Portugal’s Roman Ruins

Roman ruins are a fascinating part of background. The Roman Empire mastered over a large part of modern day and was grand Europe for over a thousand decades.

Sao Cucufate Roman Villa

Roman Temple of Evora

In Portugal, there are a number of these historical sites. Following are a few of the most memorable and intriguing. Here are the top roman ruins of Portugal!

Mirobriga

Portugal

(300 A.D.-399 A.D.; Vidigueira)

Conimbriga

Referred as Villa Aulica, Sao Cucufate is believed to have become a farmhouse. The ruins are all well-preserved and detailed. The grounds also house cold and hot tubs.  

Ruins of Troia

(100 A.D.-199 A.D.; Évora)

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Lisbon Roman Theater Museum

It is clear that the Roman Temple of Évora was once an impressionable Roman monument. However, it is uncertain who the benefactor was. It has been attributed to the Roman God Jupiter, as well as the Roman Goddess Diana, the Emperor Augustus.

Ponte de Lima Roman Bridge

Have a Look at Top 10 Things to See and Do in Evora

The Ancient Wall of Évora

(0 A.D.-99 A.D.; Santiago do Cacem)

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Mirobriga is some of the oldest and most important ruins in the country’s website. After a bustling Roman city, it’s now famous for its dimensions and well-preserved sites, the website of the notoriously brutal chariot races, including the country Hippodrome.

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(100 B.C. to 1 B.C.; Condeixa a Nova)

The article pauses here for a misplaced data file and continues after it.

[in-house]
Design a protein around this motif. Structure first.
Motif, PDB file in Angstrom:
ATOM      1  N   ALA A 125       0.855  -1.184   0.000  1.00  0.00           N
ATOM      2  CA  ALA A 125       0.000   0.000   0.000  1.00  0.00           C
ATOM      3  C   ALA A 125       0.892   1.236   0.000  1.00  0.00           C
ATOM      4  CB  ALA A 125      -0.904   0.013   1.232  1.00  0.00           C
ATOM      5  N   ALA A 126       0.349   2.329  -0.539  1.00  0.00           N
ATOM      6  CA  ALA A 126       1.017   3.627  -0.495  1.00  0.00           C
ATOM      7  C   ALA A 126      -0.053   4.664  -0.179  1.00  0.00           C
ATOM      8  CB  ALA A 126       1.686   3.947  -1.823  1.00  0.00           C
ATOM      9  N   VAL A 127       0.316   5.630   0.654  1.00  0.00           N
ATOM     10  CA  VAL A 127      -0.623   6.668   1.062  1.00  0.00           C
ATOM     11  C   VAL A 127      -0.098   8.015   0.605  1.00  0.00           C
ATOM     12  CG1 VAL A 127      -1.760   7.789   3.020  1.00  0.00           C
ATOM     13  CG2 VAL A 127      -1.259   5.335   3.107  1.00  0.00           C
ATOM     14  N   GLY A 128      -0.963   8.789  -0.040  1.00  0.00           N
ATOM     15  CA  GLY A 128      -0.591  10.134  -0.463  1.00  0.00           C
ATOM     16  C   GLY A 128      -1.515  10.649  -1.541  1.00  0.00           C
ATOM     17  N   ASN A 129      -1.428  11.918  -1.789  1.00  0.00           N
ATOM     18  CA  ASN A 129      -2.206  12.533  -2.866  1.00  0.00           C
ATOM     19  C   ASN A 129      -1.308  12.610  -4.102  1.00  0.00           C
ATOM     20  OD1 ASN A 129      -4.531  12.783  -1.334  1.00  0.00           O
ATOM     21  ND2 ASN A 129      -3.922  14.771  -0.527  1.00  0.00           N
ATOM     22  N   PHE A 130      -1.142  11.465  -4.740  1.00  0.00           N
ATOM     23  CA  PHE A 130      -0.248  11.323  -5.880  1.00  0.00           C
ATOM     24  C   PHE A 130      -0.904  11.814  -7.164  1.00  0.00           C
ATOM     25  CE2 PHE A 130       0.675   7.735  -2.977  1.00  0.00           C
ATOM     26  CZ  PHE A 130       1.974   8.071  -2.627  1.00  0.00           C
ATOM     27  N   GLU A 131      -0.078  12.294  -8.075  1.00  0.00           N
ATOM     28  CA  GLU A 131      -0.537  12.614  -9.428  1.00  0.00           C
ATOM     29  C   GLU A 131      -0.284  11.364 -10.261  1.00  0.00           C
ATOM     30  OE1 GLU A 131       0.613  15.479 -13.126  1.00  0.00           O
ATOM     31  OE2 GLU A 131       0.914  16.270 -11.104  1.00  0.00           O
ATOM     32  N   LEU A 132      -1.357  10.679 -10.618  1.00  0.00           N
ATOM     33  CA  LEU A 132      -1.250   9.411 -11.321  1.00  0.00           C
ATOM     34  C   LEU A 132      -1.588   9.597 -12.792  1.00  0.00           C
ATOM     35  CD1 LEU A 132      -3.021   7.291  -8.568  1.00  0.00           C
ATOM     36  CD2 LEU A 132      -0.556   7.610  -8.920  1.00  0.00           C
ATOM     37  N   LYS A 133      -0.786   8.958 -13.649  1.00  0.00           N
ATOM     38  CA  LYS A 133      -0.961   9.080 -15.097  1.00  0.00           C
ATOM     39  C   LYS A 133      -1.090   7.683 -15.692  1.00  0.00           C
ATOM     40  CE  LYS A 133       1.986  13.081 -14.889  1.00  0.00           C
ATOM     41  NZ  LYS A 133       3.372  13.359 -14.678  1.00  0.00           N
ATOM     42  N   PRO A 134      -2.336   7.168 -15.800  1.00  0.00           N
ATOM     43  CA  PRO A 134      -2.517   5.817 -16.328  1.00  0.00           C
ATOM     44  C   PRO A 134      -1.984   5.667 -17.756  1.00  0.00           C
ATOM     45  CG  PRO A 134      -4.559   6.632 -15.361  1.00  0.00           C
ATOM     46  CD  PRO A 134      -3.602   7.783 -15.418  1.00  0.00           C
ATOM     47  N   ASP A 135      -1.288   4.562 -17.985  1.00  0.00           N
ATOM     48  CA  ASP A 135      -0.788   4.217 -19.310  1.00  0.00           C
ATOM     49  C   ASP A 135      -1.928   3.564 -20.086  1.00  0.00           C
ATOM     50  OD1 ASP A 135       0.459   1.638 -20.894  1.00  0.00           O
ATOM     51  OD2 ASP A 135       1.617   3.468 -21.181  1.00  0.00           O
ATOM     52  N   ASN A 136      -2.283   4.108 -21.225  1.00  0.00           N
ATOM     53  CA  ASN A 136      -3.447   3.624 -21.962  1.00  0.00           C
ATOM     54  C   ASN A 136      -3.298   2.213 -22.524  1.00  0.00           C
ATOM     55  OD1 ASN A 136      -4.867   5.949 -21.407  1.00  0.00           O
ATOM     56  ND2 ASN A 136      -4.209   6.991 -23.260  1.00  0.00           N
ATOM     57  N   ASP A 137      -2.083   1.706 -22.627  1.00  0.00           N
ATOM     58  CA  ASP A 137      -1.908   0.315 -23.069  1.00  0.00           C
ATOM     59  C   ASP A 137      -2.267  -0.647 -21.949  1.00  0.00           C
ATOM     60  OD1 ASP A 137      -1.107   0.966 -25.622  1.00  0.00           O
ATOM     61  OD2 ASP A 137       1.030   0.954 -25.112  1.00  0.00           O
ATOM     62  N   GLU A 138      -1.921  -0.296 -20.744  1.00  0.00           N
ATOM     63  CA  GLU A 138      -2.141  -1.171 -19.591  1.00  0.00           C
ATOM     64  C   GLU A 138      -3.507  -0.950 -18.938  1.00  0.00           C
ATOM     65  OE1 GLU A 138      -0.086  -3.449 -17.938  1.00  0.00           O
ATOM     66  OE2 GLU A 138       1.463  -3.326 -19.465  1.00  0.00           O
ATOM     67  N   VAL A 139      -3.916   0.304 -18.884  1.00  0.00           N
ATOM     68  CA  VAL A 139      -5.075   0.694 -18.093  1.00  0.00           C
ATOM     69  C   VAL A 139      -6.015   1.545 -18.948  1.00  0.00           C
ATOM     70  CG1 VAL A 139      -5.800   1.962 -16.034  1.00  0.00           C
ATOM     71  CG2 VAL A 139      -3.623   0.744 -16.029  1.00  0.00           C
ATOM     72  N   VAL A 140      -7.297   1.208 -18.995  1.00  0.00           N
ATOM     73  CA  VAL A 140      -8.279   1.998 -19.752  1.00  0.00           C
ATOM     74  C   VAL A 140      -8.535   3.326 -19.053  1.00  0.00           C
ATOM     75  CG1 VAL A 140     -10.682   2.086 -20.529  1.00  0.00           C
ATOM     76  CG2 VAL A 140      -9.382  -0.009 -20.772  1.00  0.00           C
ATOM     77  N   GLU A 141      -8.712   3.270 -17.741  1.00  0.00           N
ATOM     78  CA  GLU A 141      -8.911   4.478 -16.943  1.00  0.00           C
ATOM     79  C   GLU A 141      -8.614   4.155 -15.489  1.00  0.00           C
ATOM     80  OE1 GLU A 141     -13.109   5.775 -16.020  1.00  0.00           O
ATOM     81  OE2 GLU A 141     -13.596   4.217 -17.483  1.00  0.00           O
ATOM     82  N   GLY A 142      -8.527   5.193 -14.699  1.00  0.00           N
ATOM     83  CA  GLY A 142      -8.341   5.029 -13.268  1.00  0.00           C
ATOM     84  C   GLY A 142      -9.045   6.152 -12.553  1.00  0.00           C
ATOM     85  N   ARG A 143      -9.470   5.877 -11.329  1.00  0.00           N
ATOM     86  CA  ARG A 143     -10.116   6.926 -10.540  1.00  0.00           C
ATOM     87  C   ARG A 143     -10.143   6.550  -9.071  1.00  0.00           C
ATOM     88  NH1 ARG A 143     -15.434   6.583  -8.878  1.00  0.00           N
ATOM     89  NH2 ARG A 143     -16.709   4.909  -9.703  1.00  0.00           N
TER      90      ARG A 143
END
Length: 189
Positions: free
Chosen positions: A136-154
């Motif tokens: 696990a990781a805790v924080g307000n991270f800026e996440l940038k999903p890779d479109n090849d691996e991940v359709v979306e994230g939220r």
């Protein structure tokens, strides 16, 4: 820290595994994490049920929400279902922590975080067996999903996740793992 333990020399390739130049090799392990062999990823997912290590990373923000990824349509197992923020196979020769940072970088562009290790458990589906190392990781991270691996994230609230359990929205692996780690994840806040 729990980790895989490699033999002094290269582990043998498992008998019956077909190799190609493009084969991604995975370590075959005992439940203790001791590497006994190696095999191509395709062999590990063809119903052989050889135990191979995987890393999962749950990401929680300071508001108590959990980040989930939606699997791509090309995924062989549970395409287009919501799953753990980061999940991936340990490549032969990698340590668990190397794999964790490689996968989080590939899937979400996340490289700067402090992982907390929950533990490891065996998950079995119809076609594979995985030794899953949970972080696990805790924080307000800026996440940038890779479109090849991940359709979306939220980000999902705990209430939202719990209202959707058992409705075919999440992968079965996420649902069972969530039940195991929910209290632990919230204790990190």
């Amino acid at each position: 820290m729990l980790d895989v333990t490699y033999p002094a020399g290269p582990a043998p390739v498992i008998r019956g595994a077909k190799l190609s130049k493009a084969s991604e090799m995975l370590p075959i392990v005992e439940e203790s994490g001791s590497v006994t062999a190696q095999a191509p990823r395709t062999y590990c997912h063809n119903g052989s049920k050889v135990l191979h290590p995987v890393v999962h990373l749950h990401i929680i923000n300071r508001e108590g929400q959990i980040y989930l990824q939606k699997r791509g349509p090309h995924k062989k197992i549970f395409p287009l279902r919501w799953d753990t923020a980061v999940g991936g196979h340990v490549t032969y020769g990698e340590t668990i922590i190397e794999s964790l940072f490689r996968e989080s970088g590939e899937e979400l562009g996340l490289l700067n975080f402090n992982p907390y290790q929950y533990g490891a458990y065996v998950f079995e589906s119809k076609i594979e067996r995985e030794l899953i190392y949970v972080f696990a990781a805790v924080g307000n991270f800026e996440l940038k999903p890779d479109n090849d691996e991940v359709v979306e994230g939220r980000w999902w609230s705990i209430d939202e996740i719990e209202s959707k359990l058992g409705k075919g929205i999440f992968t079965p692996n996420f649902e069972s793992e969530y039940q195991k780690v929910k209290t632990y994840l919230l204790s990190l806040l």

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Conimbriga is possibly the best Roman site at Portugal, despite dating in the Iron Age. Excavations are still currently taking place to this day. Highlights include public buildings, houses, and walls and streets. Also, the public bathrooms still maintain some of their original brilliance throughout heating method and their preserved mosaics.

(0 A.D.-99 A.D.; Sol Troia)

Visitors are now able to rediscover the complicated that is salt-fishing. Additional sites include the residential area, baths, and an ancient mausoleum and cemetery. Those interested in participating in a guided tour may also have to explore the Christian basilica.

(0 A.D.-99 A.D.; Lisbon)

The Lisbon Roman Theater Museum is a modern construction that houses ruins of the original construction in addition to findings in the excavations. During its heyday, the first could house as many as 5000 audiences.

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(Braga)

Ponte meaning bridge, ponte de Lima, crosses the River Lima. It is in excellent condition, though that is largely because of the simple fact that much of it was rebuilt in the 14th century.

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Have a Look at Things to See and Do in Braga

(14th century; Évora)

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Évora’s walls surround the entirety of what’s currently the museum-city. They are one of the best preserved in Portugal, and were my favourite feature of the website.

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Have you visited any of these Roman Ruins in Portugal? Leave us a query or comment under!

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